During the early 20th century, Sheffield was experiencing a period of large scale unemployment. In October 1908, Adela Pankhurst (the daughter of Emmeline Pankhurst) led a demonstration of women attempting to storm the annual Cutler’s Feast. This was a yearly event attended by successful cutlers and other influential individuals including on this occasion the First Lord of Admiralty. After leading a group of about 800 of the unemployed through Sheffield, Adela Pankhurst attempted to enter Cutler’s Hall disguised as a kitchen maid, but was caught and stopped by the police from going any further. She tried again later on the same evening, but failed for a second time. As an alternative, she made a speech from the Town Hall speaking out about the injustice towards women in society.
Over the years, many meetings held by both suffragettes and the Anti-Suffrage League were held at Cutlers Hall, showing the suffrage campaign was one of great importance and highly impacted on the lives to the people of Sheffield. Both women and men committed to winning the vote for women were clearly willing to give their time and vitality, not only in the upper class areas of London, but all over the UK – especially Sheffield.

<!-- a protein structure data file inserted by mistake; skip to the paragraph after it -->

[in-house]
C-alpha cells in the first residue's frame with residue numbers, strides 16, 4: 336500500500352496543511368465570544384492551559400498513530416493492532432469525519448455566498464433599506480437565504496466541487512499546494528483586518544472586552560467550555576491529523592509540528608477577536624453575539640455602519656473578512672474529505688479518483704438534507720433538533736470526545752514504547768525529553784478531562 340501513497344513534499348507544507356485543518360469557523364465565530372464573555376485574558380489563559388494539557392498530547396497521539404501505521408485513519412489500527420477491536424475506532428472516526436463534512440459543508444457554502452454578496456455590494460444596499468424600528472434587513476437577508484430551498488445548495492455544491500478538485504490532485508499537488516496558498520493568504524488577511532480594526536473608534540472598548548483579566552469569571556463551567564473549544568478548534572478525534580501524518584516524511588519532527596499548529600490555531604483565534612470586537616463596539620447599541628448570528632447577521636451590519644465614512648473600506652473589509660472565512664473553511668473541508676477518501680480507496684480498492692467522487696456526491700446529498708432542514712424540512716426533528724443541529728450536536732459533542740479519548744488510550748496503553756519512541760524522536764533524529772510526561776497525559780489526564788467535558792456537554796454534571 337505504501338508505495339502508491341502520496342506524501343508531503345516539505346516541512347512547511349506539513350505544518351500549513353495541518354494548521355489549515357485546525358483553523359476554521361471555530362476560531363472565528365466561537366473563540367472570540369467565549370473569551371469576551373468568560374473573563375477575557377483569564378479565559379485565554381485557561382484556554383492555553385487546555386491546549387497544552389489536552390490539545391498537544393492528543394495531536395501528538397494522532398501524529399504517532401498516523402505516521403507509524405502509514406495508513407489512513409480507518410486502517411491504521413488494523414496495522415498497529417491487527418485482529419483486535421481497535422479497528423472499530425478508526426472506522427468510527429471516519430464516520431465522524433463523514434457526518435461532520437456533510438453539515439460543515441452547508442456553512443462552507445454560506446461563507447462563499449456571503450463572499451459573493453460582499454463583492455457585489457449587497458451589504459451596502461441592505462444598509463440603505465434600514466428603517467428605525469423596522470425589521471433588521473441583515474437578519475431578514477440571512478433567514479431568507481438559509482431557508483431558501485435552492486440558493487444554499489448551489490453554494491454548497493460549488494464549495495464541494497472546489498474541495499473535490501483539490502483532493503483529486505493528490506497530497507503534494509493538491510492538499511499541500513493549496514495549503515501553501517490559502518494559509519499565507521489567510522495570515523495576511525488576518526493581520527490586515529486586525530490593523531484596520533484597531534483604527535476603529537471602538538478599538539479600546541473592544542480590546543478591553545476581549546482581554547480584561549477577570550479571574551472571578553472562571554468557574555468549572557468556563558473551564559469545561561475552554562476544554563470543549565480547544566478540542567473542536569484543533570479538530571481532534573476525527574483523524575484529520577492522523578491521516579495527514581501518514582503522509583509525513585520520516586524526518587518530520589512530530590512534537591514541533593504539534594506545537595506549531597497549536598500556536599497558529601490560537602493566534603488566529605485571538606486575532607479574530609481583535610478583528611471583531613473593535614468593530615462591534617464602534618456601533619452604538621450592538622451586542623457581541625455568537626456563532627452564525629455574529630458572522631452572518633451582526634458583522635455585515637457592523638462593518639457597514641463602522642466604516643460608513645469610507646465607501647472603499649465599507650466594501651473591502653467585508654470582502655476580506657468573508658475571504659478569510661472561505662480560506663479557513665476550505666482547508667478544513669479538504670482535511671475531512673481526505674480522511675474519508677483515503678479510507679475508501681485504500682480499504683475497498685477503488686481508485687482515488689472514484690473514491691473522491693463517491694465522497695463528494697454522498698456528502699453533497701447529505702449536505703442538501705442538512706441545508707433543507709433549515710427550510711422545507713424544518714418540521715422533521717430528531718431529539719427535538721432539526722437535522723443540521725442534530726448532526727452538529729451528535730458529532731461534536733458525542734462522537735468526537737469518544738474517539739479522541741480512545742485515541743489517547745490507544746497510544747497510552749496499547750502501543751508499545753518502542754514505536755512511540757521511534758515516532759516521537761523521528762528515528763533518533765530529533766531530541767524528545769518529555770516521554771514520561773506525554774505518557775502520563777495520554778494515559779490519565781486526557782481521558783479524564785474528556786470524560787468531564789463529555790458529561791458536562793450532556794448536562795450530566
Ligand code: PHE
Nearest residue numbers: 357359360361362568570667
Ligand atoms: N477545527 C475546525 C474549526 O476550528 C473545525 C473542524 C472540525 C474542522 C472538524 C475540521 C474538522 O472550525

From 1912 onwards, Sheffield began to see the commencement of increasing militant activity. This was due to a failed attempt at the latest Women’s suffrage Bill through parliament, which began a nationwide campaign of outrage.
In December 1912, pillar boxes on High Street were blown up in the city centre – clearly the women of Sheffield wanted this to seen by many people, allowing for more publicity and hopefully more support for their cause. This directly shows that suffrage supporters in Sheffield were unsatisfied and infuriated that their peaceful methods had not been successful in gaining emancipation for the female population.